}

but freeing the tile is then just:

free (tile);

as you've only allocated one chunk of memory, not two. This works because C (and C++) does not do range checking on arrays.

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I think you mean tmpResult->iTime = malloc (sizeof (short) * n). Cool hack though! It's worth pointing out that this only works if the dynamically-sized array is the last item in the struct. –  Ant Mar 16 '11 at 15:04
    
@Ant: Oops, you're right there. –  Skizz Mar 16 '11 at 15:07

The code you showed looks OK, the error must be in the elided code.

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Whatever problem you are having, it is not in the code shown in this question. Make sure you are not clobbering the pointer before returning it.

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This should work fine... could just be a warning from VisualStudio that you are freeing a pointer in a different function than it was malloced in.

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Technically, your code will work on a C compiler. However, allocating dynamically inside functions and returning pointers to the allocated data is an excellent way of creating memory leaks - therefore it is very bad programming practice. A better way is to allocate the memory in the caller (main in this case). The code unit allocating the memory should be the same one that frees it.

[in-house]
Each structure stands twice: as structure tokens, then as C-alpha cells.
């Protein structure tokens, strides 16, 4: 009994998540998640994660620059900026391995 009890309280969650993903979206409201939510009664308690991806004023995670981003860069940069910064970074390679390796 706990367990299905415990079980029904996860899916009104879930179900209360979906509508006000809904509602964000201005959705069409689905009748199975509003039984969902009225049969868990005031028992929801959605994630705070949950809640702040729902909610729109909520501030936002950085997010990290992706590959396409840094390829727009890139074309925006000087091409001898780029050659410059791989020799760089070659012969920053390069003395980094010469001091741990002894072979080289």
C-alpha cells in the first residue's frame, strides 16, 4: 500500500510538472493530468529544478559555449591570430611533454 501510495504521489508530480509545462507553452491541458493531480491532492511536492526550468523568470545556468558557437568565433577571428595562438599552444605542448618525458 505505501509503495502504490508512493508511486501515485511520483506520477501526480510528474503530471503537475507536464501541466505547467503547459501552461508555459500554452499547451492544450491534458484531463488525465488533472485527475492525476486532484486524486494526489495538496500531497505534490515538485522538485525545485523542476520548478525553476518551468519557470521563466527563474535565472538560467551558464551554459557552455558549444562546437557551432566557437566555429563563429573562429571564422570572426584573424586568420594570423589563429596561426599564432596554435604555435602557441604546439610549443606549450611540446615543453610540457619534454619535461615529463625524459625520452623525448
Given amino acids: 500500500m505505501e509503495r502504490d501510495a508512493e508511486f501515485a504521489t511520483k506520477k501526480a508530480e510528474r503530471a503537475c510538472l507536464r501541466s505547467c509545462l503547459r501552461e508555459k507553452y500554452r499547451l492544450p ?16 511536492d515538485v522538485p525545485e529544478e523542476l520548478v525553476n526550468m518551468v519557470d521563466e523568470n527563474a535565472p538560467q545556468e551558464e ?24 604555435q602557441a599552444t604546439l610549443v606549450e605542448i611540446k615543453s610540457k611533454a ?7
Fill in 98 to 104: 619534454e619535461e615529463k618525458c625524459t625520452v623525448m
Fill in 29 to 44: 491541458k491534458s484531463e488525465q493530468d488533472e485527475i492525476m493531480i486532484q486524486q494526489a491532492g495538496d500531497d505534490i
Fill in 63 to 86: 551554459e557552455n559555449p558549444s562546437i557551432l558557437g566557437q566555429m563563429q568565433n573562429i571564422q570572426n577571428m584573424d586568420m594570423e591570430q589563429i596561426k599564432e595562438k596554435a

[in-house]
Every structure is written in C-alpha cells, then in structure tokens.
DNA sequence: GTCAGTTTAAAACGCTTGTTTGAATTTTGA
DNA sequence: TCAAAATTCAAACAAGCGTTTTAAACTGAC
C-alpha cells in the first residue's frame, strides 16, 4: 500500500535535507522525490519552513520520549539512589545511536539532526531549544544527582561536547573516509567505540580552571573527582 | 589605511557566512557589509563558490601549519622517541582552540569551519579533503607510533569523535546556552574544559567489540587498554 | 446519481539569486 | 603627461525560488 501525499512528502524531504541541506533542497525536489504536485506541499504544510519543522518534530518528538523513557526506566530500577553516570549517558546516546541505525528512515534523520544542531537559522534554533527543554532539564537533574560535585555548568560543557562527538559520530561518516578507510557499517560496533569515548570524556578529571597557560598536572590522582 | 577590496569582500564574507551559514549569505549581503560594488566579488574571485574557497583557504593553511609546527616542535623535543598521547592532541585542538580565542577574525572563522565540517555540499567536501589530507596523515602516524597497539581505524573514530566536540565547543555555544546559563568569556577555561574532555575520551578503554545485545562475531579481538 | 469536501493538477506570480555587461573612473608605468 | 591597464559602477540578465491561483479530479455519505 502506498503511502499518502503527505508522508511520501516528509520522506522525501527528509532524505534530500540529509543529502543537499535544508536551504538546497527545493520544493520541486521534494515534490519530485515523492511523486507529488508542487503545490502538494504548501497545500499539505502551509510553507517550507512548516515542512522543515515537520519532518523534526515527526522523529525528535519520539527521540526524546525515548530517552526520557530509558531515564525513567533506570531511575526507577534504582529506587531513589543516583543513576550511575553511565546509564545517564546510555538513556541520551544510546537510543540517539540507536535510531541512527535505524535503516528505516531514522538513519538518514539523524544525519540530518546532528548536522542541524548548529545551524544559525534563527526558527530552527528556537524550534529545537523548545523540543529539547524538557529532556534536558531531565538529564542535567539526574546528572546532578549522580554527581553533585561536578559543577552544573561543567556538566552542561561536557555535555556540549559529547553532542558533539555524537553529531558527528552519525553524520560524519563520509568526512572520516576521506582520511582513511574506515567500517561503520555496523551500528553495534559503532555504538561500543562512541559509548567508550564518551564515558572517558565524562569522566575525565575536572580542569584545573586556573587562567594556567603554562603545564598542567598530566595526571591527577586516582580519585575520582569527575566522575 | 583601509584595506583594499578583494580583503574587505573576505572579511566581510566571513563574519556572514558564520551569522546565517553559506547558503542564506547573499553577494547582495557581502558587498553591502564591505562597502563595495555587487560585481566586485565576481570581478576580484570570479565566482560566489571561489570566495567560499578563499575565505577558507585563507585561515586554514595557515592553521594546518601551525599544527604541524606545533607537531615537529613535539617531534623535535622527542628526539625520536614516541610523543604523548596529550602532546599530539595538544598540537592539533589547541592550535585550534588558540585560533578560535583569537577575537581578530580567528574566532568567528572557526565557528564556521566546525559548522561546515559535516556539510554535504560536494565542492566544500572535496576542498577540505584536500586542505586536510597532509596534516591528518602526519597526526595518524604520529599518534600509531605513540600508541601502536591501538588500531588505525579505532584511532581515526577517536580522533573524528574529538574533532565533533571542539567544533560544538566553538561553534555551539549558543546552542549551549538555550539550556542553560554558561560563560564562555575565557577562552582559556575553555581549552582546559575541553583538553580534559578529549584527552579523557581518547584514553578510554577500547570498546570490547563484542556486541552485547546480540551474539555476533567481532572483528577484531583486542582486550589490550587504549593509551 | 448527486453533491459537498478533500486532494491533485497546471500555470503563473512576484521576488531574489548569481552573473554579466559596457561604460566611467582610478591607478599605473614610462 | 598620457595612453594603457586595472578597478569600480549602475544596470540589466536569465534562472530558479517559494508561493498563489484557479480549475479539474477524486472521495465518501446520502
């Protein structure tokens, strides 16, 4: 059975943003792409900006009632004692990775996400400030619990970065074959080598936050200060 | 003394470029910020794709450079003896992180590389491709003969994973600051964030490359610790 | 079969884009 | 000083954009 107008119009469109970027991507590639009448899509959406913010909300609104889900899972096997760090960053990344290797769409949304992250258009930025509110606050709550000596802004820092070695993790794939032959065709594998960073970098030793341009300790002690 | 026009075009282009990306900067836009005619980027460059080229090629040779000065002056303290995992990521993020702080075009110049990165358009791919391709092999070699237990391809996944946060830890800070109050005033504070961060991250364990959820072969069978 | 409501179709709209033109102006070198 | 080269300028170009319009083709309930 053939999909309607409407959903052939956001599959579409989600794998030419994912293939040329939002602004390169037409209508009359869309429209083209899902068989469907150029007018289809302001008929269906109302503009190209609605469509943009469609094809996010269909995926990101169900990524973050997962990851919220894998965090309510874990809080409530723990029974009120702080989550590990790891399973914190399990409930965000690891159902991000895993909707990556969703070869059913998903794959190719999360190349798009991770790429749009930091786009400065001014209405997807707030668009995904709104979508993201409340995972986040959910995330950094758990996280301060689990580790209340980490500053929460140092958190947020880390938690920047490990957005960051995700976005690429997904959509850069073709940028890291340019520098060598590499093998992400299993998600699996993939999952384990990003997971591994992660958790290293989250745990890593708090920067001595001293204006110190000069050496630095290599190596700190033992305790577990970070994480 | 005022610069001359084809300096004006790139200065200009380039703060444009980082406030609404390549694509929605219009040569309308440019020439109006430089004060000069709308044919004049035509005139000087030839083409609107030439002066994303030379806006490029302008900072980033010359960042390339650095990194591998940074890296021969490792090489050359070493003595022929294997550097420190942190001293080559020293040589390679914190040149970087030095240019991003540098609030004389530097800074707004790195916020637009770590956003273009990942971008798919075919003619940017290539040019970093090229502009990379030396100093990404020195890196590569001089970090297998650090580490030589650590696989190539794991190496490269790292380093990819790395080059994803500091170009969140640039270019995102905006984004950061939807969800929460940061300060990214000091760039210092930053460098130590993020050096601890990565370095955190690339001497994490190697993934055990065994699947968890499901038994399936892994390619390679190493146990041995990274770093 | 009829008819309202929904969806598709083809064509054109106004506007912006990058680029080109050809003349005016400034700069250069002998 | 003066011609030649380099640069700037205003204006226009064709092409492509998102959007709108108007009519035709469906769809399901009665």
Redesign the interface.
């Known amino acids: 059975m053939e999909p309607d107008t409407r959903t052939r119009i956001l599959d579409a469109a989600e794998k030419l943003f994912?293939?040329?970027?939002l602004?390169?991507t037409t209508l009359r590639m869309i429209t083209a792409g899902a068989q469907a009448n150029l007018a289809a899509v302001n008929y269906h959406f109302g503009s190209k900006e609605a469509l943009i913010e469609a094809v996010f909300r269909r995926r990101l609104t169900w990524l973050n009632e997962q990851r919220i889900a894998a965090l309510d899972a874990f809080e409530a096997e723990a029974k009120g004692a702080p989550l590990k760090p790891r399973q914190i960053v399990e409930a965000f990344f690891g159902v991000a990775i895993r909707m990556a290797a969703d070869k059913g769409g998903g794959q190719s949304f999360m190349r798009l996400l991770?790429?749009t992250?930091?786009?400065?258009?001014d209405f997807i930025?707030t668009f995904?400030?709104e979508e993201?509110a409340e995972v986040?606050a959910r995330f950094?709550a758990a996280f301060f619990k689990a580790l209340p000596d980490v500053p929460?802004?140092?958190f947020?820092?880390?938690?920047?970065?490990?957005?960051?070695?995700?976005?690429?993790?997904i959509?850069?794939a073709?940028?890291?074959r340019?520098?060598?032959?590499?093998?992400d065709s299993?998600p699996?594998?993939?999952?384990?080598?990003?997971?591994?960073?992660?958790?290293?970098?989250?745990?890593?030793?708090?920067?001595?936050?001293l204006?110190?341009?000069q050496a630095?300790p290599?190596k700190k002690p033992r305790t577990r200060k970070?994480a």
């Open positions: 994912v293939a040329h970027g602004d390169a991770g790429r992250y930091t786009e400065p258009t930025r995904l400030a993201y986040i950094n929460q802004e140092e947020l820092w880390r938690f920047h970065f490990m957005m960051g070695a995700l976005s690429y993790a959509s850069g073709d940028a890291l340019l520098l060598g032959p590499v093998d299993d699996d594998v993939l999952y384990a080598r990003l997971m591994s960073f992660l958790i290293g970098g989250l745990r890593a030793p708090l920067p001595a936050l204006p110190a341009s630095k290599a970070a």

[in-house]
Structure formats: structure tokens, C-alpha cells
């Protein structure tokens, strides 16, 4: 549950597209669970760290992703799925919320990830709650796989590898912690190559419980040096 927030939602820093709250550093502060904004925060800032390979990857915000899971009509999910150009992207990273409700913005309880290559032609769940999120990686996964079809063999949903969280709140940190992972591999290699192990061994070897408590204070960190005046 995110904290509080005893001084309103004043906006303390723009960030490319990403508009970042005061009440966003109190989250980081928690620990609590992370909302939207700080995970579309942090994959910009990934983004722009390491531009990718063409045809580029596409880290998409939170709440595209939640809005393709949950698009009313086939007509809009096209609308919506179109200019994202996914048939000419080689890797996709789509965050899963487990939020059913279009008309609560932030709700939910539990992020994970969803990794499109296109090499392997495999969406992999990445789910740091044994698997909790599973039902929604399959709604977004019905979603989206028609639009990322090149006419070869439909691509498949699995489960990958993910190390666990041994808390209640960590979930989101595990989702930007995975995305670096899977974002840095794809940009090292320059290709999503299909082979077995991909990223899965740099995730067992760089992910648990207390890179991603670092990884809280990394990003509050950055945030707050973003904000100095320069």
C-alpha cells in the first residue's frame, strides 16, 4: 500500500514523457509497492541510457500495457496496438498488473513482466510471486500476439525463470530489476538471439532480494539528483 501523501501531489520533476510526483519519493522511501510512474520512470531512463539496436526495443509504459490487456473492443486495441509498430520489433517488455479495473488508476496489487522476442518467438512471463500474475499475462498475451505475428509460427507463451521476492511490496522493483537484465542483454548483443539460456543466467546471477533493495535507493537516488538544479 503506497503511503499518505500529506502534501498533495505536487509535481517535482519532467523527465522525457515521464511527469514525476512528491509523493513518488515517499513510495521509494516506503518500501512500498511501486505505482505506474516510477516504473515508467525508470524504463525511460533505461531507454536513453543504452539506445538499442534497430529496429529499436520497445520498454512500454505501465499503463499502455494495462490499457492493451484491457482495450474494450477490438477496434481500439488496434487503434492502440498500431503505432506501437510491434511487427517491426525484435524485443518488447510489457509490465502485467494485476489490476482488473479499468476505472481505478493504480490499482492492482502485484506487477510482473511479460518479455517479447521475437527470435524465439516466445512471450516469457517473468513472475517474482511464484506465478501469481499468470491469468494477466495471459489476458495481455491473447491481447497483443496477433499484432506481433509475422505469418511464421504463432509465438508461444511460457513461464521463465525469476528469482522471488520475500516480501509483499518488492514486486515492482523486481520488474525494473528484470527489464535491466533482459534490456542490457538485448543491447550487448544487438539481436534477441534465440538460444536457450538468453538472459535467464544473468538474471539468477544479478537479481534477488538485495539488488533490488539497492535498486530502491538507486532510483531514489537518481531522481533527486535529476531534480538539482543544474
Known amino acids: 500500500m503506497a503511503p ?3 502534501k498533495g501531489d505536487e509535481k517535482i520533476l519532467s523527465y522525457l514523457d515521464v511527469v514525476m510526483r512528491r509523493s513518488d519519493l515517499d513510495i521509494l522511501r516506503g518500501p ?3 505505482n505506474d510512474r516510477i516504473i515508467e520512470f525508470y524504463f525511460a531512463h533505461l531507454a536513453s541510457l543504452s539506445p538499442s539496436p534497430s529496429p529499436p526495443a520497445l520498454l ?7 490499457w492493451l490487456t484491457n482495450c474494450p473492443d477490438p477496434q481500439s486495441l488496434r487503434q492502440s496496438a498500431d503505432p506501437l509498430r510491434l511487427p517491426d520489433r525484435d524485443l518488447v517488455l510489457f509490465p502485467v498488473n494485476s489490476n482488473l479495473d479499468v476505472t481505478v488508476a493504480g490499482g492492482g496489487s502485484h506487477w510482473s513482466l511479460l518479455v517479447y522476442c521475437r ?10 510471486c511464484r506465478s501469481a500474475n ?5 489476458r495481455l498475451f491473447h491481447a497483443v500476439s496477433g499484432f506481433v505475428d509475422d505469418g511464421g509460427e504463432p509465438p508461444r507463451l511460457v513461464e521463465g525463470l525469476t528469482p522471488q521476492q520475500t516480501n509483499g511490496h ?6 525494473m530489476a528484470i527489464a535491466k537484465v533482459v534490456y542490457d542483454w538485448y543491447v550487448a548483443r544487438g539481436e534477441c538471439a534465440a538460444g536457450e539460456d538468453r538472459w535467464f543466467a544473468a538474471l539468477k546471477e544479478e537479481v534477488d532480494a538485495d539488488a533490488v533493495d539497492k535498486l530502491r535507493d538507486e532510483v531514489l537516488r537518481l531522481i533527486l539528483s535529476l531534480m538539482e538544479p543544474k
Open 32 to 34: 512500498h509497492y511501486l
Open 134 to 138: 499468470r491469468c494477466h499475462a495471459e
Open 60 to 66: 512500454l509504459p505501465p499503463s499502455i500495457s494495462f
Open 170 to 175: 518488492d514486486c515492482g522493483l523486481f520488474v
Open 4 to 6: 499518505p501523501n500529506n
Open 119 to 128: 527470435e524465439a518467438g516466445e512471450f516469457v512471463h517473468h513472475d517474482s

Btw if this is a Windows program, main() must be declared to return int, or the code will not compile on a C compiler.

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2  
Returning malloc'd memory is a very common practice that greatly reduces coupling compared to what you suggest. Defining foo *make_foo() and free_foo is the idiomatic approach to foo construction/initialization and destruction in C. –  larsmans Mar 16 '11 at 15:03
    
@larsmans I think we are saying the same thing here. To reduce coupling, you should do roughly like in these two examples: stackoverflow.com/questions/5309245/c-char-question/… –  Lundin Mar 16 '11 at 15:51
    
It seemed to me as if you recommended Tile *p = malloc(sizeof(Tile)); init_tile(p); in main. –  larsmans Mar 16 '11 at 15:58
    
@larsmans There is nothing wrong with that syntax either, depending on the function. If the function is "something that does things with a data buffer", then the function doing the task shouldn't concern itself with malloc(). For example, the whole of Windows is built in that way: pass a pointer and a size of a buffer to a function. Now, of course if the data is of a nature that main() needn't concern itself with it, it should be kept privately encapsulated in the module allocating the data. –  Lundin Mar 16 '11 at 16:25

You code, with as little changes as I could live with, works for me:

#include <stdio.h>
#include <stdlib.h>

typedef struct {
  unsigned short int iFrames;
  unsigned short int* iTime;
} Tile;

Tile *loadTile(char* sFile) {
  Tile *tmpResult = malloc(sizeof *tmpResult);
  if (!tmpResult) return NULL;

  /* do things that set values to the Tile entity */
  /* note that iTime is uninitialized */
  tmpResult->iFrames = 42;

  (void)sFile; /* used parameter */
  return tmpResult;
}

int main(void) {
  Tile* tmpTile;
  tmpTile = loadTile("tile1.dat");
  if (!tmpTile) return 1;

  printf("value: %d\n", tmpTile->iFrames);

  free(tmpTile);
  return 0;
}